Two students from Dr. Chip Small's lab, Lauren Reuss and Isaac Bergstrom, have been working with the large aquaponics system in the OWS greenhouse this summer. You can see the huge tomato plants, but there are also other plants like basil and eggplant. You can learn more about this project and see a video of the fish on the Biophilia blog.
The photos below show Lauren and Isaac doing weekly fish length measurements.
Lauren (L) and Isaac (R) seining for fish.
Isaac dipping fish from the tank.
Lauren catching a fish from a holding bucket before measuring it.
Mark Painter observing cells in culture.
Megan Beetch taking a break from analyzing data on mitochondrial functionality in snails.
CeCe Peterson (L) and Abby Lown are learning to use the LiCor portable photosynthesis meter behind the OWS greenhouse. They are working with Dr. Simon Emms on the Fish Creek Restoration project.
In 2012, 200 UST students volunteered to plant approximately 1000 oak seedlings at the Fish Creek Natural Area in Maplewood, MN. Two types of oaks were planted: native (local) trees and trees from slightly farther south. One of the aims of the project is to compare survival and growth of these two groups. This project could provide important data on how to restore natural areas in the face of climate change.
Close-up of the meter measuring fluorescence in an oak leaf.
The Stewardship Garden project provides research opportunities for UST students, is a source of fresh food for low-income persons, and helps build community relationships. You can learn more about this project here.
Angela Tipp sampling fish and aquatic invertebrate communities in Elk Lake in Itasca State Park as part of a project assessing effects of climate change on Minnesota lakes. Angela works with Dr. Kyle Zimmer.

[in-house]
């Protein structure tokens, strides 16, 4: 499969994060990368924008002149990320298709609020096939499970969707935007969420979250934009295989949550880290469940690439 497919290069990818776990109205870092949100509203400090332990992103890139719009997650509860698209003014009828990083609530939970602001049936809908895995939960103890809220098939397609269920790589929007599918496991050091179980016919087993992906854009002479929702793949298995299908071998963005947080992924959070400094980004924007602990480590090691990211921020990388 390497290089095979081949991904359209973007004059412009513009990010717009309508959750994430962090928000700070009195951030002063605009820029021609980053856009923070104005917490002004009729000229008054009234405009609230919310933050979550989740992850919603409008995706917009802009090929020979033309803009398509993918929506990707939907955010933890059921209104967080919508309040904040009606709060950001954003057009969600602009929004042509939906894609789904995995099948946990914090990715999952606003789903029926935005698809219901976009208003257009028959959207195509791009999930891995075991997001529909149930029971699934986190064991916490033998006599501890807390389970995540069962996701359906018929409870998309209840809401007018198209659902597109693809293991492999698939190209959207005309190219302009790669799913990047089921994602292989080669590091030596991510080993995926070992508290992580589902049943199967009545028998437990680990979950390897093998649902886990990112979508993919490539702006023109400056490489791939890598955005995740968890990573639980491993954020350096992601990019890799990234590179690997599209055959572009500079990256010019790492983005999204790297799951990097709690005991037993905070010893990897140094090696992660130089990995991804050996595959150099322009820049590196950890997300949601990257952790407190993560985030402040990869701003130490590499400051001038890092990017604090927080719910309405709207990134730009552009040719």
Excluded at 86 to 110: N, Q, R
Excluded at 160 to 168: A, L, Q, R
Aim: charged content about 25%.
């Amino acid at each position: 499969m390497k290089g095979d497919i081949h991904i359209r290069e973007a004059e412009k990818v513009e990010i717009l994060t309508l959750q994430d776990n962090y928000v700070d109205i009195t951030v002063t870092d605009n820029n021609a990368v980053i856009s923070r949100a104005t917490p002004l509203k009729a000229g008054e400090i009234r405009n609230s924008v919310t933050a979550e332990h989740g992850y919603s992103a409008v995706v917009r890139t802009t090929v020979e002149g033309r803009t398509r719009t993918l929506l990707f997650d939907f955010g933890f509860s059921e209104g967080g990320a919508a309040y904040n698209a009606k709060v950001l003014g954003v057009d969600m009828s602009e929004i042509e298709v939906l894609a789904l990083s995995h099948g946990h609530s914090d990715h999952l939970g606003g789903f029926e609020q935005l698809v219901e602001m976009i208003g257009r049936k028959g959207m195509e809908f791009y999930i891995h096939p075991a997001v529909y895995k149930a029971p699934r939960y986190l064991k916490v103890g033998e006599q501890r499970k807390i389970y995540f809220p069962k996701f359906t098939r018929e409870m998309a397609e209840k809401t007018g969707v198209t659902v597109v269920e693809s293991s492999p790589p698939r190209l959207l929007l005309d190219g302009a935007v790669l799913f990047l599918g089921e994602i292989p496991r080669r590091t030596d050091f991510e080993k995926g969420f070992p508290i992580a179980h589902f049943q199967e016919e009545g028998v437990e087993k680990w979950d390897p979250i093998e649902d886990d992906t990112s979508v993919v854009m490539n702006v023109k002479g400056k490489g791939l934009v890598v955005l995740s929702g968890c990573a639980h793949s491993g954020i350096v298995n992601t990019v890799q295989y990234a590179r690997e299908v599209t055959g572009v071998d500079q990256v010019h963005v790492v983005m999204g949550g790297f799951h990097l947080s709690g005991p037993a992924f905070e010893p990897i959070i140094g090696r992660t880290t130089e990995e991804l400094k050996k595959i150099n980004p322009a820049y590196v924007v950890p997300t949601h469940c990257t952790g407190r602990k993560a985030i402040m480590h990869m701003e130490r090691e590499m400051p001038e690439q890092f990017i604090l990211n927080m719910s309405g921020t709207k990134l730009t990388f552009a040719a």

In the photo above, Dr. Kerri Carlson (L) is teaching the technique of in situ hybridization to both UST and EPA researchers. In situ hybridization is a technique that allows you to identify a particular sequence of DNA/RNA in a tissue. Learning this technique are (L to R) UST recent grad Tyler Firkus, Dr. Carlie LaLone from the EPA, Jenna Cavallin from the EPA and Dr. Dalma Martinovic-Weigelt. At the EPA, Dr. LaLone and Jenna Cavallin study the effects of chemicals in the environment on the thyroid and related organs.
Dr. Amy Verhoeven's lab investigates photosynthesis during times of plant stress.
John Pham preparing buffer.
Ryan Merry pipetting samples onto a gel.
Sherry Le (L) is analyzing data and Julia Frebault (R) is taking a break while running a Western blot
Allison Keith about to catch a brown anole near the ruins of Percy Cavill’s Conch House on South Bimini island in the Bahamas. Allison is working with Dr. Jerry Husak to examine species differences in testosterone production and brain sensitivity to testosterone in Caribbean Anolis lizards.
Cooper Rapp is checking the consistency of the agar he has melted in the microwave. He will be using the agar for E. coli replica plating.
Dr. Ditty's lab also studies bacterial chemotaxis. In the photo above, Katie Ellert and Victoria Maksimova (background) are preparing swim plates to asses chemotaxis.
From Dr. Leah Domine's lab, Matt Boehm (L) and Zach Novaczyk (R) are using plastic shoe boxes to make methane collectors. The collectors need floats to allow them to stay on the surface of the water, but they also have sinks to stabilize them in waves. In this photo, Matt and Zach are making ports in the boxes to allow measurement of the methane. The collectors will be set up on lakes in the Alexandria area.